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Home Publications Blogs Beat the Press Those Shoe Stores and Realtors Who Will Increase Hiring When the Government Lays Off Workers

Those Shoe Stores and Realtors Who Will Increase Hiring When the Government Lays Off Workers

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Tuesday, 05 April 2011 21:20

Economists usually think that firms increase hiring when they see more demand for labor, but we have a new story coming from John Lott Jr, courtesy of Fox. Mr Lott argues that firms will hire more workers because the government is laying off workers.

Lott tells readers that:

"Democrats respond that government spending can’t be cut because it would eliminate jobs. Just the proposed $61 billion cuts by House Republicans in the current budget is said to “amount to a loss of 700,000 jobs.” The claim only counts the jobs funded by the government and assumes that this spending isn’t offset by the loss of private sector jobs. The notion is that if the government doesn’t spend the money, it never really exists."

Actually many of these lost jobs are not funded by the government. (The federal government only employs a bit over 2 million workers directly. It will not lose one-third of its work force as a result of these cuts.) Most of the lost jobs would be from reduced spending on private sector goods and services by the government or from reduced spending by workers who had formerly been employed by government agencies.

It is difficult to see how the government cutbacks would be offset by increased private sector hiring. If the economy were closer to full employment then we might expect to see interest rates fall in response to a cutback in government spending. This could spur increased consumption and investment, which would then lead to more hiring.

However in the current environment it is difficult to believe that these cutbacks would lead to any noticeable reduction in interest rates, nor that the reduction in interest rates would lead to any noticeable increase in spending. In other words, in the current circumstances it is likely that government cutbacks simply lead to a reduction in demand and employment as seems to be the case in the United Kingdom at present. (The OECD just lowered its growth projection for the UK this year to 1.0 percent. The UK adopted a Republican-type austerity program last summer.)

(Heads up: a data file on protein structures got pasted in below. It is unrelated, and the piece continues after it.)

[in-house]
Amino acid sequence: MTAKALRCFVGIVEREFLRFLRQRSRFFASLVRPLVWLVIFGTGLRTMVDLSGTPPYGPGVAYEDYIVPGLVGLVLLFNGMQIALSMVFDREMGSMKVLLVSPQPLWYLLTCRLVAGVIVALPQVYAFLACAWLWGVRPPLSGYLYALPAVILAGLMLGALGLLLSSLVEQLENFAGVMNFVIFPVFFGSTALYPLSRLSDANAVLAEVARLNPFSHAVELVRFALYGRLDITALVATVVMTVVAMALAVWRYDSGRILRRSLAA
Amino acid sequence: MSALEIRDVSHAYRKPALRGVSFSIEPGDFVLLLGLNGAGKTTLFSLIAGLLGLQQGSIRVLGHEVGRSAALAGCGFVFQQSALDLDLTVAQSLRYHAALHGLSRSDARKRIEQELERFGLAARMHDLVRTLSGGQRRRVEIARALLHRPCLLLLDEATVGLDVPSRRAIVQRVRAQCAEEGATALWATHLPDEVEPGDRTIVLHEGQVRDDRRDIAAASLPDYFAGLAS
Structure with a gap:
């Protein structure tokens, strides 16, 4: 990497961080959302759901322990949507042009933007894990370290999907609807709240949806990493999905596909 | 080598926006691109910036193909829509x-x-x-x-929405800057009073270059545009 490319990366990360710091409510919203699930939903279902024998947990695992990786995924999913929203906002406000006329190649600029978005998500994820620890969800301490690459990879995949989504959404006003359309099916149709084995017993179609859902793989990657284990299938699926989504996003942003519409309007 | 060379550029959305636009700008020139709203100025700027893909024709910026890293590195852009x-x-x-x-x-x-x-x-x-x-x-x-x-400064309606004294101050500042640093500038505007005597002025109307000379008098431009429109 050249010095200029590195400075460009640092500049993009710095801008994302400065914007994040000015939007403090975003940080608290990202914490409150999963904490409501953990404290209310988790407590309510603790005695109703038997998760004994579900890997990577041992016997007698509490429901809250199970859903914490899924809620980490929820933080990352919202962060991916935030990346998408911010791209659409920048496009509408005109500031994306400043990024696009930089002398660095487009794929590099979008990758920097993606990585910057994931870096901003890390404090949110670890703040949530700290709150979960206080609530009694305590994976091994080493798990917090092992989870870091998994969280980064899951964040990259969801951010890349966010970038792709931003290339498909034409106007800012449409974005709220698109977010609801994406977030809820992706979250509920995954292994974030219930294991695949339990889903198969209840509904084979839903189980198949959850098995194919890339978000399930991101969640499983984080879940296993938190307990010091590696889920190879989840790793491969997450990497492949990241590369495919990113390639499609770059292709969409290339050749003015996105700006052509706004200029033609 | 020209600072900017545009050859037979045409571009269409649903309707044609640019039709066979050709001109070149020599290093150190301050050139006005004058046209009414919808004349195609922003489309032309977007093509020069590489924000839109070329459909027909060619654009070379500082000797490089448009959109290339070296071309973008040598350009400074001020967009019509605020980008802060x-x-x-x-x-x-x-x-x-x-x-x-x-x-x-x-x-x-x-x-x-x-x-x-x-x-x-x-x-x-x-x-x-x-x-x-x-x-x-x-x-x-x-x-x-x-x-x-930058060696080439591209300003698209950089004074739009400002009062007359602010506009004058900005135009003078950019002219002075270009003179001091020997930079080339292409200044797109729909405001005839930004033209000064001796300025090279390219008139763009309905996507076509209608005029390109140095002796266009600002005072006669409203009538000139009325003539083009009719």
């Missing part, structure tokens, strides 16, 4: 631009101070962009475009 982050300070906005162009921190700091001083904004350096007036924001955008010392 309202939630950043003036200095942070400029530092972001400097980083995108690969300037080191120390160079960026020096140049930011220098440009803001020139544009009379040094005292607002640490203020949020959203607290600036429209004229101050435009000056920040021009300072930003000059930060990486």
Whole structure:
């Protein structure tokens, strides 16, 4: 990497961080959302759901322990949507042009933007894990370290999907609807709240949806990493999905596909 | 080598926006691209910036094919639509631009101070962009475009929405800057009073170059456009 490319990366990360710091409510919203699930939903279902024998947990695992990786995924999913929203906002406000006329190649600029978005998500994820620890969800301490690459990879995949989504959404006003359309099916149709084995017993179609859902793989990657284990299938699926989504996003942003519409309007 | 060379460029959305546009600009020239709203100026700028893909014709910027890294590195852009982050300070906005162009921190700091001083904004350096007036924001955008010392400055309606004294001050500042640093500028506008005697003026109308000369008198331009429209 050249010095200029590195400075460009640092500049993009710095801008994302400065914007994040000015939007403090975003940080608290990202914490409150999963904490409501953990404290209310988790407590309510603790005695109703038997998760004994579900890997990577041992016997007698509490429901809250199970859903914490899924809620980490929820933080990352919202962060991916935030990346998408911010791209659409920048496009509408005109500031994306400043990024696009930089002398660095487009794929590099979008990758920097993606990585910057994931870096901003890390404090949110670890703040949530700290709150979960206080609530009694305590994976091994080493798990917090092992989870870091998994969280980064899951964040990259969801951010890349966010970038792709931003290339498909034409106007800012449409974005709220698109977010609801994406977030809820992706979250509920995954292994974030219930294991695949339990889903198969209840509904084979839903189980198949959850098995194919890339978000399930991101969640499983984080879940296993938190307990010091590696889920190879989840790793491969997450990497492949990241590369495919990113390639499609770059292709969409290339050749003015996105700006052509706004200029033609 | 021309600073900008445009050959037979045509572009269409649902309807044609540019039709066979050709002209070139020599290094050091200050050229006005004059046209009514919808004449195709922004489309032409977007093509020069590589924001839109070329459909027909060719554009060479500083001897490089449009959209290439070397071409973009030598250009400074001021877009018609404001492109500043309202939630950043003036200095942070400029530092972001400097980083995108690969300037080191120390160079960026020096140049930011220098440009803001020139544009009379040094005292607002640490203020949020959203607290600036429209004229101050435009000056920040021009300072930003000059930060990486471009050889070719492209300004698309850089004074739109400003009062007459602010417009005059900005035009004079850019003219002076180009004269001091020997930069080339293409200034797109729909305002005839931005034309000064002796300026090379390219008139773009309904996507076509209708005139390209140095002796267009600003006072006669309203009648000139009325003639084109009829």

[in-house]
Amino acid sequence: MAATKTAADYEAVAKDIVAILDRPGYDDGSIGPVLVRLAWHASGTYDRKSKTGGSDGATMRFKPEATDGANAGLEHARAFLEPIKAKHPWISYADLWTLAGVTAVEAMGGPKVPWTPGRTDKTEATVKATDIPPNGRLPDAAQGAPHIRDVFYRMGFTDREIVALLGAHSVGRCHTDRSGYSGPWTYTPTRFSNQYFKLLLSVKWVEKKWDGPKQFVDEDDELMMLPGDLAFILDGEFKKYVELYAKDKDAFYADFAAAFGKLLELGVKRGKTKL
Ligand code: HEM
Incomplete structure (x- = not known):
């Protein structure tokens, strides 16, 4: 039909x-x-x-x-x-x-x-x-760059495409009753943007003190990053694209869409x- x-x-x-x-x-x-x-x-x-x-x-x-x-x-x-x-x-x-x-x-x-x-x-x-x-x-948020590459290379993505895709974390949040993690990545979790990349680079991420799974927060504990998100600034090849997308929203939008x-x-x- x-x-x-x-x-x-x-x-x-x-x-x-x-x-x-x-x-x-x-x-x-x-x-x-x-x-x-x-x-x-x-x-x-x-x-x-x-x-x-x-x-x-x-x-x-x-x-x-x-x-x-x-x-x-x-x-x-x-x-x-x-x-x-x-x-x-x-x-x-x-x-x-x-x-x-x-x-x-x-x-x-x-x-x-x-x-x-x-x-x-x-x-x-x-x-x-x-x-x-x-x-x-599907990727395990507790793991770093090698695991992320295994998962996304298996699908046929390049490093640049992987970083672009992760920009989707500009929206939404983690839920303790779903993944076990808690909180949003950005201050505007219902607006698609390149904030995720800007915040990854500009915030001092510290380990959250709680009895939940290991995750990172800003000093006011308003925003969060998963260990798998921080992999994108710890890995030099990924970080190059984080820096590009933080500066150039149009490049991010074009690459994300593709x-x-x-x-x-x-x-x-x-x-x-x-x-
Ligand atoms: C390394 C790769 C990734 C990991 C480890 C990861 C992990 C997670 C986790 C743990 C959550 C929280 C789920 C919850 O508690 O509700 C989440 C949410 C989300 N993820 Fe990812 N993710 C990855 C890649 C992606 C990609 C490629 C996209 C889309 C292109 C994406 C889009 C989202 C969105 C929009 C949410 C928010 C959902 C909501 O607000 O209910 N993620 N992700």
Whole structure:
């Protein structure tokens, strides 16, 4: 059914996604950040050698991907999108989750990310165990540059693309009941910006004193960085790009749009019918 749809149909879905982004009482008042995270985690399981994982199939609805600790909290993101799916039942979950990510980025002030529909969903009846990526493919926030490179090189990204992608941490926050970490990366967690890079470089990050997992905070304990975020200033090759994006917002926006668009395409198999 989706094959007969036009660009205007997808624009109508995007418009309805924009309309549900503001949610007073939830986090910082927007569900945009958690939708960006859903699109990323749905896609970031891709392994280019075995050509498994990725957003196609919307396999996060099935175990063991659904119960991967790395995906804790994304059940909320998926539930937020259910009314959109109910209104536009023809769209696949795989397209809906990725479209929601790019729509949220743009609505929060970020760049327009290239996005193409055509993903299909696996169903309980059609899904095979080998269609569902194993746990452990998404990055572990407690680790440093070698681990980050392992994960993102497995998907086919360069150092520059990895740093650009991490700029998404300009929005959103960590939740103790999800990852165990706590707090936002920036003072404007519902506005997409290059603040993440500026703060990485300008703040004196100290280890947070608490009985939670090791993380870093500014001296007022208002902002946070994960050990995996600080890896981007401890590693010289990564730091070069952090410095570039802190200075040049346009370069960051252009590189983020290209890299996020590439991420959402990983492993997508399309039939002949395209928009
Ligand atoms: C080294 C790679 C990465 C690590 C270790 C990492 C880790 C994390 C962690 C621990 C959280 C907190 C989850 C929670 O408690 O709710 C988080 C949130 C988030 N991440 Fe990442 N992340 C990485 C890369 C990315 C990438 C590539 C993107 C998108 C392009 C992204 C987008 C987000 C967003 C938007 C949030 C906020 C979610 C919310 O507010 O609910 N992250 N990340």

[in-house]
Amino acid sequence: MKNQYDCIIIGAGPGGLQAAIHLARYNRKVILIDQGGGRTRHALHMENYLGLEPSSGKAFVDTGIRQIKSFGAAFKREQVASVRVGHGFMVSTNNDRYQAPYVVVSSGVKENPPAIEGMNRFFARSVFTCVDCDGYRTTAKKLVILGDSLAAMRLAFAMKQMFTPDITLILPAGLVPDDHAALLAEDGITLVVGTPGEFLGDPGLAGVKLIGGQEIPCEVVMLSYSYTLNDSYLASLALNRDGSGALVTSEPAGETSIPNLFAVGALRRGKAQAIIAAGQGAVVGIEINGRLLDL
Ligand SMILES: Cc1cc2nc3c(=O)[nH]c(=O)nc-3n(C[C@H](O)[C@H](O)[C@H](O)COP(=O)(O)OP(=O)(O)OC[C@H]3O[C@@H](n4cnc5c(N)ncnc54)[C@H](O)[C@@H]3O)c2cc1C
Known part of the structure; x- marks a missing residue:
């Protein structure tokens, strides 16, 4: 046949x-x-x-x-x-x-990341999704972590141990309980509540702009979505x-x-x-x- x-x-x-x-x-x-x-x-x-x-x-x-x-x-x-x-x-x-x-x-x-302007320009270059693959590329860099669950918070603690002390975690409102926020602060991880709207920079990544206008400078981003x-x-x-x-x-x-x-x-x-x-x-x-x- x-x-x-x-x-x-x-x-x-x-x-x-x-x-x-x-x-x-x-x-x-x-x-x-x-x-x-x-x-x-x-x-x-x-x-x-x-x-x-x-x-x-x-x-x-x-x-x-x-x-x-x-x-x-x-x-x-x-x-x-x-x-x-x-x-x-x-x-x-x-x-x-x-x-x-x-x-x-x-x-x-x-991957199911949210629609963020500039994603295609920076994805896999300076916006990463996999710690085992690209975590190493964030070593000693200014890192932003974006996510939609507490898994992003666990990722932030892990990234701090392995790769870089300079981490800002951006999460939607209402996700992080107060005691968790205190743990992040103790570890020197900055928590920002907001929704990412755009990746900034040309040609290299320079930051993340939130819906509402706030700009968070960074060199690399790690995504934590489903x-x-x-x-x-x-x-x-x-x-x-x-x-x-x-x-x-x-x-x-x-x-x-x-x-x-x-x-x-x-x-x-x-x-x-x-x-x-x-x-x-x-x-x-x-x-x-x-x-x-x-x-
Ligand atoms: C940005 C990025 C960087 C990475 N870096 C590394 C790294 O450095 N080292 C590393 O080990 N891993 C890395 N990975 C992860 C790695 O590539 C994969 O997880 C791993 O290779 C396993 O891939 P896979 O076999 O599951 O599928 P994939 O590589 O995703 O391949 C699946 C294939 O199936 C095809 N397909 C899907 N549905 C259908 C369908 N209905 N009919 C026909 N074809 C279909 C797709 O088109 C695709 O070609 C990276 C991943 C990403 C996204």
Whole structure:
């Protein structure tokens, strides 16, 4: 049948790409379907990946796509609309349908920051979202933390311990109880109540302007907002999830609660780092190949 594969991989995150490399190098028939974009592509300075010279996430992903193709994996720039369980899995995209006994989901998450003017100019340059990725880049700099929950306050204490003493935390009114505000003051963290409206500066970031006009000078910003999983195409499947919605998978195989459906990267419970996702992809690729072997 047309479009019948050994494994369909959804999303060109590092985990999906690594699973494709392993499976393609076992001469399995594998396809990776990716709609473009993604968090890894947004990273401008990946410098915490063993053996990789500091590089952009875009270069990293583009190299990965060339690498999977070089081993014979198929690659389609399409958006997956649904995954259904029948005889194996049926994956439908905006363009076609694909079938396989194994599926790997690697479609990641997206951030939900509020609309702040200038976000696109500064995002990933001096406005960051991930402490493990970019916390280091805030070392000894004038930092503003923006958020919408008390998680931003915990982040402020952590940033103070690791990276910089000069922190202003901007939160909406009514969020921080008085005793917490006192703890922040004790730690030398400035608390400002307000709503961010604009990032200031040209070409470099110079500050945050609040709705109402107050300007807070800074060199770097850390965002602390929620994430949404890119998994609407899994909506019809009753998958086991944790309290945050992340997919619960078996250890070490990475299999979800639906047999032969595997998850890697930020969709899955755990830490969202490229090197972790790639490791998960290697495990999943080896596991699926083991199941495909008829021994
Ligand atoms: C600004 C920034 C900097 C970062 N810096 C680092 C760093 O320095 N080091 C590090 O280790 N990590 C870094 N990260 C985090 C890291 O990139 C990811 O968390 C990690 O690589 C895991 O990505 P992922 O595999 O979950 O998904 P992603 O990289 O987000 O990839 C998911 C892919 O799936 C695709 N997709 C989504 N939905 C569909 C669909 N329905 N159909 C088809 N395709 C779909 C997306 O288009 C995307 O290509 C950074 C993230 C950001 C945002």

Comments (6)Add Comment
...
written by joe, April 06, 2011 2:19
"The notion is that if the government doesn’t spend the money, it never really exists."

The notion is that if the govt doesn't spend the money then the private sector which is already sitting on 1.5 - 2 trillion dollars will also not spend the money.
Guns Don't Kill and Butter Doesn't Spread - People Do
written by izzatzo, April 06, 2011 2:48
"The notion is that if the government doesn’t spend the money, it never really exists."


Lott is correct of course under the famous no-free-lunch trade-off theory of scarcity in guns and butter at full employment.

The notion is that if more is not spent on butter then the spending does not exist, which is mistaken of course since it would be spent on guns instead, the same way it would be spent on private jobs instead of government jobs in a deep recession.

It's like saying if guns don't kill people because only people kill people, then people could not use butter instead of guns to kill people during a gun shortage. Of course they can, especially with concealed carry butter.

Under supply side competition everything is a substitute for everything else, whether guns for butter, people with guns for people with butter, or private jobs for public jobs, so any one of them can and do exist to displace and crowd out the other.

Stupid liberals.
Question from the economically ignorant--
written by Doug O'Keefe, April 06, 2011 10:55
Can someone explain the logic behind Dean's statement: "If the economy were closer to full employment then we might expect to see interest rates fall in response to a cutback in government spending"? Why would such a cutback cause a drop in interest rates? Thanks.
lower demand for money
written by Floccina, April 06, 2011 12:11
@ Doug O'Keefe, because Government would borrow less money which equals lower demand for money. Lower demand for money means lower interest rates.
...
written by bmz, April 06, 2011 5:16
izzatzo..."It's like saying if guns don't kill people because only people kill people, then people could not use butter instead of guns to kill people during a gun shortage. Of course they can, especially with concealed carry butter."
WOW, I now understand Republicon economics!
...
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About Beat the Press

Dean Baker is co-director of the Center for Economic and Policy Research in Washington, D.C. He is the author of several books, his latest being The End of Loser Liberalism: Making Markets Progressive. Read more about Dean.

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